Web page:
WINNSBORO — The South Carolina Law Enforcement Division case investigating former Fairfield County Administrator Phil Hinely’s alleged viewing of pornography on county computers closed recently with no charges being filed.
Sixth Circuit Solicitor Doug Barfield said pornographic images were found on the hard drive of Hinely’s county-issued computer.
However, a SLED forensic analysis determined that while the images were on the hard drive there was no evidence Hinely sent, or disseminated, the pornography to others.
Evidence of pornography dissemination by Hinely was needed for criminal charges to be filed.
In Barfield’s Oct. 20 letter to Lt. Michael C. Greene with SLED, he explained the South Carolina law dealing with offenses against morality and decency.
“According to section 16-15-305 of the Code of Laws of South Carolina, material must classify as ‘obscene under very detailed and specific definitions.’ The statute also requires the material be disseminated.
Subsection (A) (1) makes it unlawful if anyone ‘sells, delivers or provides or offers or agrees to sell, deliver, or provide’ obscenity and Subsection (A)(3) makes it unlawful if anyone ‘publishes, exhibits, or otherwise makes available anything obscene to any group or individual,’” Barfield said.
The Hinely investigation came after a June 27 request by Sen.r Creighton Coleman that SLED look into the matter after Coleman received information that Hinely might have used his public computer to send pornography. SLED agents seized the hard drive on June 28 from a UPS hub.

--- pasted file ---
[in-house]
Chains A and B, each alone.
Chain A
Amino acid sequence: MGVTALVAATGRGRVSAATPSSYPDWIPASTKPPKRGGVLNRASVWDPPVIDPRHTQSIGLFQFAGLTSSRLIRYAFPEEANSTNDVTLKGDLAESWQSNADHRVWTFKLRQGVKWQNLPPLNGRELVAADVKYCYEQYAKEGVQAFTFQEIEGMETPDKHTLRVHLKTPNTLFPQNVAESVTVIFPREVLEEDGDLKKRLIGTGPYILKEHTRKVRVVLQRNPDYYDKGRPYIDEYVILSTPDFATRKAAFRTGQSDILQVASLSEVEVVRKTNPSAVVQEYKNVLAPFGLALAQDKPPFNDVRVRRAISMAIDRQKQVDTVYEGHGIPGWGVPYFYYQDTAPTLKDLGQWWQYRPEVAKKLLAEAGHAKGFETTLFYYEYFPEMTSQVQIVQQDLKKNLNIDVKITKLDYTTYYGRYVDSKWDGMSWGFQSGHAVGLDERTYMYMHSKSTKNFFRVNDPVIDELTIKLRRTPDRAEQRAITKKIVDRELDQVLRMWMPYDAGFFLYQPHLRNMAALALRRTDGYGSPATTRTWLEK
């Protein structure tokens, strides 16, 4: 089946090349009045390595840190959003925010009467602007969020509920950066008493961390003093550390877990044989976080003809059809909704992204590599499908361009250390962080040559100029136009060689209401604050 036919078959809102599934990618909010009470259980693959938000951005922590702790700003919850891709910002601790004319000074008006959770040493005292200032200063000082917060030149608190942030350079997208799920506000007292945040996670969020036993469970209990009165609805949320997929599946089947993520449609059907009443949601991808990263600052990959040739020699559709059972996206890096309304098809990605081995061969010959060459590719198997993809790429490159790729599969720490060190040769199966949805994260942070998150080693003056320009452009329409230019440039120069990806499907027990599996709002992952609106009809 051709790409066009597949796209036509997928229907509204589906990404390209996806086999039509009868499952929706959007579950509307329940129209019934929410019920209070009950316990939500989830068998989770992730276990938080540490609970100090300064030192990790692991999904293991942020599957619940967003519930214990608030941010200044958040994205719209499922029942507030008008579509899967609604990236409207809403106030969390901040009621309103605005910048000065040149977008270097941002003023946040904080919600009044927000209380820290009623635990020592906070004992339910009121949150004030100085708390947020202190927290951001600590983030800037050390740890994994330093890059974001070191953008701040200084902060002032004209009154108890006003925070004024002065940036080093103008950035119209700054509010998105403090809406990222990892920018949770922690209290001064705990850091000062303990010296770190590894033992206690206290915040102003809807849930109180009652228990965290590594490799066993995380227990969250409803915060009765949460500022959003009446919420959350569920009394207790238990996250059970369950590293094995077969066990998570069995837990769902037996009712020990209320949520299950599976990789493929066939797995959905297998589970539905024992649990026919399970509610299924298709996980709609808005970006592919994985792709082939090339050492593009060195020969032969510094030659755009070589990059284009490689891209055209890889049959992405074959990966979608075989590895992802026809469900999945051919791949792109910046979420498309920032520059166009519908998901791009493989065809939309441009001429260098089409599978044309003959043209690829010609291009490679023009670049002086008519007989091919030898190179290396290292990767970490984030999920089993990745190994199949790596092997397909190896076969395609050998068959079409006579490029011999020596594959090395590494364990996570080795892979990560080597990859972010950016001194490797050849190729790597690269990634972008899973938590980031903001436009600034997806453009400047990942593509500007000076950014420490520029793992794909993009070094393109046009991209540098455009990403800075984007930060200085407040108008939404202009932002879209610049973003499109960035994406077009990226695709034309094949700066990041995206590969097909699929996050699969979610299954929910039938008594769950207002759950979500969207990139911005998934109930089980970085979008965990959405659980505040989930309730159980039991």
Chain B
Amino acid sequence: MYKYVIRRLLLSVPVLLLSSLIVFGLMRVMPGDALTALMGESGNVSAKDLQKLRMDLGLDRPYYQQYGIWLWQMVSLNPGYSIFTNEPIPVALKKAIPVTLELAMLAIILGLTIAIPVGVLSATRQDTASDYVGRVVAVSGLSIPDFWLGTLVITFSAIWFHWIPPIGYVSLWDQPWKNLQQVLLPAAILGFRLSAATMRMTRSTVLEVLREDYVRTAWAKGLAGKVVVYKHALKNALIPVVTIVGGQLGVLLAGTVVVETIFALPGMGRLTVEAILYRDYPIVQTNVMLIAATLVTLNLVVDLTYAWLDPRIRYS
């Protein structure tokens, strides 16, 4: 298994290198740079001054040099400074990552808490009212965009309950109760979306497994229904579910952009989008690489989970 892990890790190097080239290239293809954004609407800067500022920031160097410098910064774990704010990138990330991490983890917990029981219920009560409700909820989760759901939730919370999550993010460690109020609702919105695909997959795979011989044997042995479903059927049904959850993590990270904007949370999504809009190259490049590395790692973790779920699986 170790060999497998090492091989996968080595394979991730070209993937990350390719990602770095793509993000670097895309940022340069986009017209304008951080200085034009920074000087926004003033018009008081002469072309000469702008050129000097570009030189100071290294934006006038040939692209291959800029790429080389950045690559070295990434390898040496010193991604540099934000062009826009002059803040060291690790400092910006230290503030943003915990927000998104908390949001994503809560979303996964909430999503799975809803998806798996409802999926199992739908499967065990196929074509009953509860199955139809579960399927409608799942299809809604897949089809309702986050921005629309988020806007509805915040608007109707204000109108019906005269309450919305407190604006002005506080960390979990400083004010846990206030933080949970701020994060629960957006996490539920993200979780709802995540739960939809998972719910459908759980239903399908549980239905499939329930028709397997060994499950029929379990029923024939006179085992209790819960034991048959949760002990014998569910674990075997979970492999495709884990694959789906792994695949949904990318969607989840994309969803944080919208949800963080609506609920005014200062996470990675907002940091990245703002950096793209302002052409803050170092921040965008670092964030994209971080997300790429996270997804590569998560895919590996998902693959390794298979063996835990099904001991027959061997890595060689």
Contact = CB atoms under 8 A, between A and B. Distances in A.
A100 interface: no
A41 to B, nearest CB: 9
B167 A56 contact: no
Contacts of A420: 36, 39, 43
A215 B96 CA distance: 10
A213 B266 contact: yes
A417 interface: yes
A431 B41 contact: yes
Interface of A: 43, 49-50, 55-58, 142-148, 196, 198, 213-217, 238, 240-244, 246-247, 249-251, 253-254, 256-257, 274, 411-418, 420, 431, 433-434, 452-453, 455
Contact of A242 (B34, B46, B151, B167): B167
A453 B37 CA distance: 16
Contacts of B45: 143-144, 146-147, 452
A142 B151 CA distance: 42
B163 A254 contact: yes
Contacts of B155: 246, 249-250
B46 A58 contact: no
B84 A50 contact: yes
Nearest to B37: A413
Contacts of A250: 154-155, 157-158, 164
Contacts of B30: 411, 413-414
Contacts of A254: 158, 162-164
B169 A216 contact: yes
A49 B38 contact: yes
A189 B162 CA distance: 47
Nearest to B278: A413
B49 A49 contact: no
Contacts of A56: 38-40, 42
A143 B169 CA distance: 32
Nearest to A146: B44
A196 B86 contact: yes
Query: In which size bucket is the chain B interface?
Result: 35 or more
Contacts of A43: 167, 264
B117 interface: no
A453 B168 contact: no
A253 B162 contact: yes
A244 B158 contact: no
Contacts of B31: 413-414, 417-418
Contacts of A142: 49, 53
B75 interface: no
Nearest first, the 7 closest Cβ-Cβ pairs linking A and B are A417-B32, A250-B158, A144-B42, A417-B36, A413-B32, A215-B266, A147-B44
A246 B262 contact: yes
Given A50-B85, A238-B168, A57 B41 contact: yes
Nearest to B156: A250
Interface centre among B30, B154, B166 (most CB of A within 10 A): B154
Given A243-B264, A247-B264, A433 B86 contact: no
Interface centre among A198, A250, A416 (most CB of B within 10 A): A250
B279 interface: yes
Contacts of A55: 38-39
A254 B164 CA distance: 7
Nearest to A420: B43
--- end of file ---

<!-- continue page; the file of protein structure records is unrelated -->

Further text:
Prior to their visit, the county had arranged to send the hard drive to California for examination, but instead SLED had the shipment stopped and the hard drive was turned over for forensic analysis.
The statute gave no cause to pursue prosecution merely because pornography was found on Hinely’s computer hard drive. Last July, Hinely resigned one day after SLED seized his county issued computer hard drive. The resignation came in the face of mounting public criticism from residents and community members, many of whom attended county council meetings to voice outrage and displeasure with the situation.
Though Barfield’s legal opinions resulted in closing the case, Barfield’s letter did not address the questions of validity surrounding packets of photographs that were distributed to various individuals as well as to local media.
In subsection (F) of section 16-15-305 the law states, “It is unlawful for any person knowingly to create, buy, procure, or process obscene material with the purpose and intent of disseminating it.”
Therefore, regardless of motive, according to state law, it is illegal for anyone to knowingly disseminate obscenity.